A United States congressional panel has advanced a bill that would allow banks to provide banking and financial services to cannabis companies in states where the drug has been legalized. The House Financial Services Committee approved the SAFE Banking Act with a strong bipartisan vote of 45-15.
The SAFE Banking Act would give banks the go signal to do business with the burgeoning cannabis industry. If the bill officially becomes a law, it would finally put an end to the industry’s struggle to gain access to the legal financial system.
While more and more states have already embraced and legalized medical cannabis, or both medical and recreational cannabis, the drug is still illegal at federal level. Because of this federal status, national banks such as Bank of America, Chase, and Wells Fargo refuse to do business with and provide financial services to even state-licensed cannabis companies for fear of running into trouble with the federal government.
As a result of these restrictions, most state-regulated cannabis companies are forced to operate on a cash-only basis. This means cannabis businesses are also forced to pay their vendors and their employees in cash. Customers are also prevented from using debit or credit cards.
State-legal cannabis businesses also cannot avail of bank loans and credit lines, which are supposedly the main financial lifeblood of small enterprises.
There are some retailers, though, that have opened basic financial service accounts with only small local banks and credit unions. But the services that small financial institutions can provide are rather limited.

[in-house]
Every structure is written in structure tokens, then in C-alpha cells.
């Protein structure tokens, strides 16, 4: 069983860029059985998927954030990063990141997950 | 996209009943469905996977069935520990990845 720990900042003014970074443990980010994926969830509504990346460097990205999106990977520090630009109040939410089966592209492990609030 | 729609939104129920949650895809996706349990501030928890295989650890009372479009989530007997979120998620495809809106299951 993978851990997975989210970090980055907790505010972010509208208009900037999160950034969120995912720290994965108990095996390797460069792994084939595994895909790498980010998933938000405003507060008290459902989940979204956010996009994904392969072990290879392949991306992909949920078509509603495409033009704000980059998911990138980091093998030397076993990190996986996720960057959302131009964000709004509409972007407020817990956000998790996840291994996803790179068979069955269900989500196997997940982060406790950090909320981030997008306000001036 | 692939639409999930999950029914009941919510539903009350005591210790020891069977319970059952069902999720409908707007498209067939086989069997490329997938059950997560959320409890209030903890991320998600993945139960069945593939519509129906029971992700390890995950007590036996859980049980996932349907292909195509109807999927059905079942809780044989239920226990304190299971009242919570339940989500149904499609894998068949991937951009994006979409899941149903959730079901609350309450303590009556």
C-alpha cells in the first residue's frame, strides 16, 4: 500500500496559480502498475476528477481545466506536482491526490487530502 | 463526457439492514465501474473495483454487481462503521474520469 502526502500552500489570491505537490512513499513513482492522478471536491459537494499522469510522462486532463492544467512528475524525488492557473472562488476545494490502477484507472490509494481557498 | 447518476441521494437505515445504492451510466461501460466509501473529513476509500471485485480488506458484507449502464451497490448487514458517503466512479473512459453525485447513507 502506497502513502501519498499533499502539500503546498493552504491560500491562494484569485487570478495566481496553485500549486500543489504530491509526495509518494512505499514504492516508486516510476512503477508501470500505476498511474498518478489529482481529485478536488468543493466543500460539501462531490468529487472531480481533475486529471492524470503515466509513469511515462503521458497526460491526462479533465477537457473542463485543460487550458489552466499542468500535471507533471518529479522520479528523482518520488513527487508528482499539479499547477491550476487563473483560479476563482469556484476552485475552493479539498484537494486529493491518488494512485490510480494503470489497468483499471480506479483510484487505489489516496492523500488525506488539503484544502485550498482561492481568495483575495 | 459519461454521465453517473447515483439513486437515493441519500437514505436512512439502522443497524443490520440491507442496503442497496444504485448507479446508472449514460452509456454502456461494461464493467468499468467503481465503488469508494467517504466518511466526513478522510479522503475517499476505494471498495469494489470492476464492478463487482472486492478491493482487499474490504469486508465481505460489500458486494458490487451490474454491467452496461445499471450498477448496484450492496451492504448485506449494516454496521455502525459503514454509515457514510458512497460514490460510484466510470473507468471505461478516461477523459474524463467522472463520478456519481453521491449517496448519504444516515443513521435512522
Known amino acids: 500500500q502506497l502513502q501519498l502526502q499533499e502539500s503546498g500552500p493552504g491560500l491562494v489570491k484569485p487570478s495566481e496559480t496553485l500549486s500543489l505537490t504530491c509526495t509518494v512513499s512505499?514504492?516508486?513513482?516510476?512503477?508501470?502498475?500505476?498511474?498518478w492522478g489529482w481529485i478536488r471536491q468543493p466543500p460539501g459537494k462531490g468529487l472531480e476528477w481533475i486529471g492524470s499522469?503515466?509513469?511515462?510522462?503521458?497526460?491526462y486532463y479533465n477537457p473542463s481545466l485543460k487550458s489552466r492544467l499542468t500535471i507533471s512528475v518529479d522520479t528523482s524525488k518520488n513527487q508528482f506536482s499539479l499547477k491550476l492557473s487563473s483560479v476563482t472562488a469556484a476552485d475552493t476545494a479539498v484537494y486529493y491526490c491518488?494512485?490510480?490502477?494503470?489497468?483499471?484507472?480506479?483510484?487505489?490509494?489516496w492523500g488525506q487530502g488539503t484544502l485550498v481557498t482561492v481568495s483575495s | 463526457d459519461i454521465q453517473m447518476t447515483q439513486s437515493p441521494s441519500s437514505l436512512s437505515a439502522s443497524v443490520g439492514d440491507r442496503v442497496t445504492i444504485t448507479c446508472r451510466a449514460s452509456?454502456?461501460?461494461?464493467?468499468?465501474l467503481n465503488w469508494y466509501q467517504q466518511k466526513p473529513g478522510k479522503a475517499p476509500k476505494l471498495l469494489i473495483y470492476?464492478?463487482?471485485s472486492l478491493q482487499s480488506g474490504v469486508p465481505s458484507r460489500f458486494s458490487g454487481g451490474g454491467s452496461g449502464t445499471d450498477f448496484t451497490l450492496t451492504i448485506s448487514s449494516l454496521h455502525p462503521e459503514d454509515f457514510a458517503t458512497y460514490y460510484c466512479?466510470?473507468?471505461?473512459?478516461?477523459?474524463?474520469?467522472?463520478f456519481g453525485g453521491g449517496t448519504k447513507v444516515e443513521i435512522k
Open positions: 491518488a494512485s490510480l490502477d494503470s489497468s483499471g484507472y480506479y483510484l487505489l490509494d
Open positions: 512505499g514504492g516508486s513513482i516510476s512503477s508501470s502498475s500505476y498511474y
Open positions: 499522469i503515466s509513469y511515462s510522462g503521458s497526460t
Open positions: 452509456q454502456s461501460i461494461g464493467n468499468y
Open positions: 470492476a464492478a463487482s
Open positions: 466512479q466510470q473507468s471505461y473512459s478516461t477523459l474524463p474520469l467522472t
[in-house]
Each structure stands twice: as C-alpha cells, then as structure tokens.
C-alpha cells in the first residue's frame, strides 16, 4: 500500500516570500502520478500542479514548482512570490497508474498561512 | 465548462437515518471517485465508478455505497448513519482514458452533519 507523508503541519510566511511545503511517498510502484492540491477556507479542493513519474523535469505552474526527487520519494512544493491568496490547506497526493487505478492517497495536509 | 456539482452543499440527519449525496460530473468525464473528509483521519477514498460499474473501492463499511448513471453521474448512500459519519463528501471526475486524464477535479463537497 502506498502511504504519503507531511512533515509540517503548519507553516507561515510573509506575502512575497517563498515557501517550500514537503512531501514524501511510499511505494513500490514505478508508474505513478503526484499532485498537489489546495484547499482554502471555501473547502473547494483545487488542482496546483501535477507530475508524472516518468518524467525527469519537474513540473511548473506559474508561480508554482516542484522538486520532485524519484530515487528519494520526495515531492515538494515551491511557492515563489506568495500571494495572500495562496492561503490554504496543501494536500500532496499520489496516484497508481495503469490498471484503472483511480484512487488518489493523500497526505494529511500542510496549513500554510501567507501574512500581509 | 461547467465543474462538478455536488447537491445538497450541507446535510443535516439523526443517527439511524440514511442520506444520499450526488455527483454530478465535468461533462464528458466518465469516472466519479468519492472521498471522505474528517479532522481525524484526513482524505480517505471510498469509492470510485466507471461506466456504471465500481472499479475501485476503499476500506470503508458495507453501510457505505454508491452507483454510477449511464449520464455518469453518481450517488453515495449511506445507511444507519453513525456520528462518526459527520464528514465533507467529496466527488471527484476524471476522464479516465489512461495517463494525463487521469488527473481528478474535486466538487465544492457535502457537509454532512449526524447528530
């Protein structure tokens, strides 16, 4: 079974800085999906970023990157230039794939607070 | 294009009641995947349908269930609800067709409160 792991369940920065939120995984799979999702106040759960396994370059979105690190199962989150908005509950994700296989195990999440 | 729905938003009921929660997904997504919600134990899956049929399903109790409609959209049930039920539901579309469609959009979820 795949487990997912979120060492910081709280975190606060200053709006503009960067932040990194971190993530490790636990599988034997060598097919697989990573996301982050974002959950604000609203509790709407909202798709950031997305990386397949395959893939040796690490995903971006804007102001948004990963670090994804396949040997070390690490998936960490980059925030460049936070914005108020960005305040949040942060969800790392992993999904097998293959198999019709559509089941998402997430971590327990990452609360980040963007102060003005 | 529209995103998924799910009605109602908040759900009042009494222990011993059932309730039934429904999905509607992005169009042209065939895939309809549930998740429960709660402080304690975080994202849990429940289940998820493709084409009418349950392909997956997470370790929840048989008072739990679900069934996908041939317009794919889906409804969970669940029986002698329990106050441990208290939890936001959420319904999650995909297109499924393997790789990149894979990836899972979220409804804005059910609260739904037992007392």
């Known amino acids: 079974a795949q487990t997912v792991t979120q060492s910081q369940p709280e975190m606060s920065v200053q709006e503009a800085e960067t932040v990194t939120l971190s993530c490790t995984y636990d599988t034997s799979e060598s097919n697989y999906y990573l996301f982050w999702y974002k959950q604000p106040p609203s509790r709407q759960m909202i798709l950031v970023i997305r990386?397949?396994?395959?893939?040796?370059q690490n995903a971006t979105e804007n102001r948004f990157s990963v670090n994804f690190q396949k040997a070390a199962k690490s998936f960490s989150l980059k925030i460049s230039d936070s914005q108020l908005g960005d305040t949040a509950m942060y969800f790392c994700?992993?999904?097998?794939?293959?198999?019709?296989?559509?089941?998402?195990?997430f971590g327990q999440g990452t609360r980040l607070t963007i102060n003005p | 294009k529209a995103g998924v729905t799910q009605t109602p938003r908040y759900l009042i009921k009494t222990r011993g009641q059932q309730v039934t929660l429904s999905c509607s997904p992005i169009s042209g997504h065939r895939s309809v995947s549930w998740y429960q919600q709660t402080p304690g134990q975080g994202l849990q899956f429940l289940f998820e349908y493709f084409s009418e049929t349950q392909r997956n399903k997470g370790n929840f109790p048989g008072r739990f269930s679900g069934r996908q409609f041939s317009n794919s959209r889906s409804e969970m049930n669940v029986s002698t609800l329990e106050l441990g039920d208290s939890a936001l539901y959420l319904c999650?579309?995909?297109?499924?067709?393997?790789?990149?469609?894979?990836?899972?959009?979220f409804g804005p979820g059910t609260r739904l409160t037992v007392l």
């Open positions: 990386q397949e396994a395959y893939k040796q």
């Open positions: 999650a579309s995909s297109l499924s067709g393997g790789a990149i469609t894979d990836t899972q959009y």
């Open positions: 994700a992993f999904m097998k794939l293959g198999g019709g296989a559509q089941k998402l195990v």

Thankfully, a number of lawmakers have acknowledged that operating exclusively in cash puts companies at risk. For one, legal cannabis businesses can be a quick target for theft.
The bill was broadly supported by both Democrats and Republicans. It is also backed by the banking industry, where financial firms are eager to get an assurance from the federal government that they can engage in business with cannabis companies without getting into trouble.
In fact, the American Bankers Association has told Congress that while they are not taking a stand on the matter of cannabis legalization, the adoption of pro-cannabis policies by states has raised practical issues that need to be addressed.
The bill now proceeds to the full House and is expected to be passed by the Democrat-dominant chamber. It will then advance to the Republican-led Senate, where, according to analysts, it faces an uncertain future.
Some Republican lawmakers have expressed concern over allowing banks to get involved in a business that is still technically illegal. They have argued that if Congress really wants to permit banks to service the cannabis industry, then it should first legalize cannabis.